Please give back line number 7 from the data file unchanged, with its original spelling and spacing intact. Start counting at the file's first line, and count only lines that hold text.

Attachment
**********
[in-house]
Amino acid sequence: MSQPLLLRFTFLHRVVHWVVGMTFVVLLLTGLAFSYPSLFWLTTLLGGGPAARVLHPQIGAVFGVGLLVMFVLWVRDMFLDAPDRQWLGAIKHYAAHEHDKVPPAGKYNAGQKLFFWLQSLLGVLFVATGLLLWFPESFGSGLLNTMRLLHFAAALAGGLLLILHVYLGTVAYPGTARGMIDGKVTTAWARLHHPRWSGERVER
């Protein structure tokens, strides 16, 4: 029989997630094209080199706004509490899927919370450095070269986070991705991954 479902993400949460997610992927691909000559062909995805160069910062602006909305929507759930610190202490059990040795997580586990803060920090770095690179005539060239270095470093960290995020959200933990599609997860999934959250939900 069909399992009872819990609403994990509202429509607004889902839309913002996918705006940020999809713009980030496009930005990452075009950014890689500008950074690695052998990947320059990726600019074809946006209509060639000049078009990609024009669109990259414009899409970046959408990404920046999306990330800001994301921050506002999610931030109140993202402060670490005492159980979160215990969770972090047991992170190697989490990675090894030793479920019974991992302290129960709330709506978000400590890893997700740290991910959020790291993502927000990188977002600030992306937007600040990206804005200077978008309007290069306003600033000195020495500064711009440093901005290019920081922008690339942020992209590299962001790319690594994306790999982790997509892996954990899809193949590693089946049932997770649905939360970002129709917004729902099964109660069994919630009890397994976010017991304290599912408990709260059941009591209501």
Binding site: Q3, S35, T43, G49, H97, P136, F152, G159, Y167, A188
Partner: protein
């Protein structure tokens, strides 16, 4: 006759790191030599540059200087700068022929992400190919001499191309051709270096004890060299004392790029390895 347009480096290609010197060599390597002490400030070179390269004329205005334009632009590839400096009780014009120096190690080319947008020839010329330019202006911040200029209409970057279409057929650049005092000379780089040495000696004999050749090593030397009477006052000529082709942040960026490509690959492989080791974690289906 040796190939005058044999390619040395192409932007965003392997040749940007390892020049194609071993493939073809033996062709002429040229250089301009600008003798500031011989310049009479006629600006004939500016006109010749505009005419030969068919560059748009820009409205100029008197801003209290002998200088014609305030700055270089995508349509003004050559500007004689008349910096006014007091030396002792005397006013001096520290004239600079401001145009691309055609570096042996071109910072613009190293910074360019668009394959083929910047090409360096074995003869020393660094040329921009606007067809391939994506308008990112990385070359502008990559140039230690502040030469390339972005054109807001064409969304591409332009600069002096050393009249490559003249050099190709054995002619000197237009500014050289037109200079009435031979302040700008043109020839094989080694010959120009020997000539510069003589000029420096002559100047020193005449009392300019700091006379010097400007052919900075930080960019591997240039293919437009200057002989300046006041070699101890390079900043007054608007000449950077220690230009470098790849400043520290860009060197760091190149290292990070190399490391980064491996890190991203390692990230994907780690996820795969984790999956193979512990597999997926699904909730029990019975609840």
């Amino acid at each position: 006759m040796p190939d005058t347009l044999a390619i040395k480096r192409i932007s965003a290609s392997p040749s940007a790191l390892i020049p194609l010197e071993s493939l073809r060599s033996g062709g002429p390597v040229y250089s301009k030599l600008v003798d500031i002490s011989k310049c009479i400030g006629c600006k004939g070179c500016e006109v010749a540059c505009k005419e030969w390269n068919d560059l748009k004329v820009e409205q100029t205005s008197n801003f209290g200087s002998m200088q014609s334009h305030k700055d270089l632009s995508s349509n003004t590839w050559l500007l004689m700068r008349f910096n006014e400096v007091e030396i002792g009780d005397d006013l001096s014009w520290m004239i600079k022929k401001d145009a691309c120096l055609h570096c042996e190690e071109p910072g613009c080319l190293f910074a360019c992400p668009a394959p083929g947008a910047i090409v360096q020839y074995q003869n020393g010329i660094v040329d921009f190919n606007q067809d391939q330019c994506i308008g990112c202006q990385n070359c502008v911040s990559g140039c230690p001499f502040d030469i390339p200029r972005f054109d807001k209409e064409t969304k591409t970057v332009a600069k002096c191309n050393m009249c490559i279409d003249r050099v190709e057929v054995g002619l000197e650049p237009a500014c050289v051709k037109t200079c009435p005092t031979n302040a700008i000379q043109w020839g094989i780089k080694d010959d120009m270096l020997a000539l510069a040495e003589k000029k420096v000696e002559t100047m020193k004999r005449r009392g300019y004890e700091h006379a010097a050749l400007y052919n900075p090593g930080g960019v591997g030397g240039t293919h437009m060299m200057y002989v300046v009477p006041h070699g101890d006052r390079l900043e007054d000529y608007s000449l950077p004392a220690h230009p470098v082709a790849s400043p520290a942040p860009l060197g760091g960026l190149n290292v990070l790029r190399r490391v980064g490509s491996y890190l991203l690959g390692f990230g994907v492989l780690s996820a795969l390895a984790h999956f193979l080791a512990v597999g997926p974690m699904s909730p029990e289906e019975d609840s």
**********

């Amino acid at each position: 006759m040796p190939d005058t347009l044999a390619i040395k480096r192409i932007s965003a290609s392997p040749s940007a790191l390892i020049p194609l010197e071993s493939l073809r060599s033996g062709g002429p390597v040229y250089s301009k030599l600008v003798d500031i002490s011989k310049c009479i400030g006629c600006k004939g070179c500016e006109v010749a540059c505009k005419e030969w390269n068919d560059l748009k004329v820009e409205q100029t205005s008197n801003f209290g200087s002998m200088q014609s334009h305030k700055d270089l632009s995508s349509n003004t590839w050559l500007l004689m700068r008349f910096n006014e400096v007091e030396i002792g009780d005397d006013l001096s014009w520290m004239i600079k022929k401001d145009a691309c120096l055609h570096c042996e190690e071109p910072g613009c080319l190293f910074a360019c992400p668009a394959p083929g947008a910047i090409v360096q020839y074995q003869n020393g010329i660094v040329d921009f190919n606007q067809d391939q330019c994506i308008g990112c202006q990385n070359c502008v911040s990559g140039c230690p001499f502040d030469i390339p200029r972005f054109d807001k209409e064409t969304k591409t970057v332009a600069k002096c191309n050393m009249c490559i279409d003249r050099v190709e057929v054995g002619l000197e650049p237009a500014c050289v051709k037109t200079c009435p005092t031979n302040a700008i000379q043109w020839g094989i780089k080694d010959d120009m270096l020997a000539l510069a040495e003589k000029k420096v000696e002559t100047m020193k004999r005449r009392g300019y004890e700091h006379a010097a050749l400007y052919n900075p090593g930080g960019v591997g030397g240039t293919h437009m060299m200057y002989v300046v009477p006041h070699g101890d006052r390079l900043e007054d000529y608007s000449l950077p004392a220690h230009p470098v082709a790849s400043p520290a942040p860009l060197g760091g960026l190149n290292v990070l790029r190399r490391v980064g490509s491996y890190l991203l690959g390692f990230g994907v492989l780690s996820a795969l390895a984790h999956f193979l080791a512990v597999g997926p974690m699904s909730p029990e289906e019975d609840s």